Rail Unions Fight New Jersey Measures on DUIs

Share this post
Share on Google+Tweet about this on TwitterShare on Facebook

TRENTON, N.J. (CN) – Two railroad unions sued Gov. Chris Christie and New Jersey Transit over a new state law that can take away train engineers’ certifications if their motor vehicle driver’s license is suspended.

Filing the complaint on Jan. 9 with a federal judge in Trenton, the Brotherhood of Locomotive Engineers and Trainmen and the Sheet Metal, Air, Rail, and Transportation Workers-Transportation Division say the Rail Safety Act of 1970 already regulates engineers who have lost their driver’s licenses.

The federal Rail Safety Act grants federal authorities the ability to decertify any train engineer whose driver’s license has been suspended for driving under the influence. Other federal regulations also allow authorities to decertify an engineer whose license was suspended due to refusing to undergo substance abuse testing, the lawsuit states.

Rather than mandating decertification in such cases, however, the Rail Safety Act only “requires consideration” of an engineer’s motor vehicle driving record.

Federal regulations also offer waivers for engineers who lost their licenses after DUIs if they complete rehabilitation programs.

The two unions claim that the Federal Railroad Administration’s certification requirements are sufficient, and that the state law merely adds to red tape.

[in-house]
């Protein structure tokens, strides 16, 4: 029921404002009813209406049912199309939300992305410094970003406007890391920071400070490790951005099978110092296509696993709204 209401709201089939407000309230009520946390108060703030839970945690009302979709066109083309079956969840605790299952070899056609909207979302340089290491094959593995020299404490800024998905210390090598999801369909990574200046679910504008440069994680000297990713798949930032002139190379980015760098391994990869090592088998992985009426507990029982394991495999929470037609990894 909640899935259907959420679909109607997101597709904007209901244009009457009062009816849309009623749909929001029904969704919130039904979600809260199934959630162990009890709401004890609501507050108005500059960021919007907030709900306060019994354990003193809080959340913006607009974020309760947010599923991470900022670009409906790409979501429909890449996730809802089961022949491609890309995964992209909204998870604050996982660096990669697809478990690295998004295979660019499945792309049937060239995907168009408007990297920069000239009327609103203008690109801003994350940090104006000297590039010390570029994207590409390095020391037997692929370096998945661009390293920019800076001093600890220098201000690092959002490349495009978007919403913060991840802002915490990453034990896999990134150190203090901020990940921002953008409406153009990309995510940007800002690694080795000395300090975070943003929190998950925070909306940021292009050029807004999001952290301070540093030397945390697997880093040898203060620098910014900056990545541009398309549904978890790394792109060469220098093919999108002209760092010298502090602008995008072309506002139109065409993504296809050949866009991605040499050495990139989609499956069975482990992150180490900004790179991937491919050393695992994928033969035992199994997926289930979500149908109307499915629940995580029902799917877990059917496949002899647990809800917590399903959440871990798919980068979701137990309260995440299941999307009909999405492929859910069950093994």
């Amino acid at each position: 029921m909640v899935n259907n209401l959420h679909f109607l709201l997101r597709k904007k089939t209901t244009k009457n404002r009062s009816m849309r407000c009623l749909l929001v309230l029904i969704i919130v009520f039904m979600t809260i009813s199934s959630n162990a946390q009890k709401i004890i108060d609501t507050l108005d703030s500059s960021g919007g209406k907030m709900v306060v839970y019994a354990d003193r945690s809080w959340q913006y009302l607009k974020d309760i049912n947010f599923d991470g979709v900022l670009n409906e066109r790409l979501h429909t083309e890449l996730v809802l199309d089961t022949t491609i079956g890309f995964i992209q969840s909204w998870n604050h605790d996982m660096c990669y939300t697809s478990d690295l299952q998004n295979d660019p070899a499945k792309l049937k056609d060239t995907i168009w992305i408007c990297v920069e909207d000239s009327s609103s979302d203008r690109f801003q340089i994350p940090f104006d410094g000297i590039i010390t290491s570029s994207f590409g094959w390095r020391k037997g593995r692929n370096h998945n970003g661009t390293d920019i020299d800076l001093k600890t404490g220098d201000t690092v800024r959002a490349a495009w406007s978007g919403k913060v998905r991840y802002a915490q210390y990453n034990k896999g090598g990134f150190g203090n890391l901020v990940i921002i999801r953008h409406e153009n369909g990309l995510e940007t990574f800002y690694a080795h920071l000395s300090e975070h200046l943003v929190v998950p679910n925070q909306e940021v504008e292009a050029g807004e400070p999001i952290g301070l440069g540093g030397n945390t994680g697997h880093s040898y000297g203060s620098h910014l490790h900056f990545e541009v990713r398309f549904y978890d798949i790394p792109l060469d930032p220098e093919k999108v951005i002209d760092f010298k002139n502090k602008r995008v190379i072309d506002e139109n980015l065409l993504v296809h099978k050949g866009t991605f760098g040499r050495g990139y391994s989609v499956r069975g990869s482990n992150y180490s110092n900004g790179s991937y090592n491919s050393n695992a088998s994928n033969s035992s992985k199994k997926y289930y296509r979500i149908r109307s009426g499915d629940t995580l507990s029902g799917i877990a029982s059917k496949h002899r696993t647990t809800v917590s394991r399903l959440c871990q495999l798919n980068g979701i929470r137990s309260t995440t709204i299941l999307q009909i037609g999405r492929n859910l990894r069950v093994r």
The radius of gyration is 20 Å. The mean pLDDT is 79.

Dennis Pierce, national president of the engineers union, said in a statement that the 2016 state law “does nothing to make the railroad safer” and “is incompatible with the federal law and is a solution in search of a problem.”

The state law states that any person who has had their driver’s license revoked or suspended would not be able to operate a New Jersey Transit train. Lawmakers proposed the bill after reports surfaced of a NJ Transit engineer who was still operating trains after receiving two tickets for driving while intoxicated.

When Christie signed the state law in August 2016, state lawmakers from both parties roundly supported the measure. New Jersey Senate President also lauded the bill at the time, saying that “if they aren’t allowed to drive a car, they shouldn’t be entrusted with the safety of train passengers.”

Sen. Cory Booker has said he will pursue similar legislation on the federal level to beef up certification.

A number of high-profile train accidents, some due to engineer error, have prompted legislative action on how train engineers are certified. After a train accident in Hoboken in September, it was found that the engineer who crashed the train had an undiagnosed sleep disorder.

Last month the Metro-North engineer blamed for a train derailment in the Bronx that killed four passengers sued his employer for $10 million, claiming Metro-North should have had installed better automatic brakes on trains that exceed the speed limit.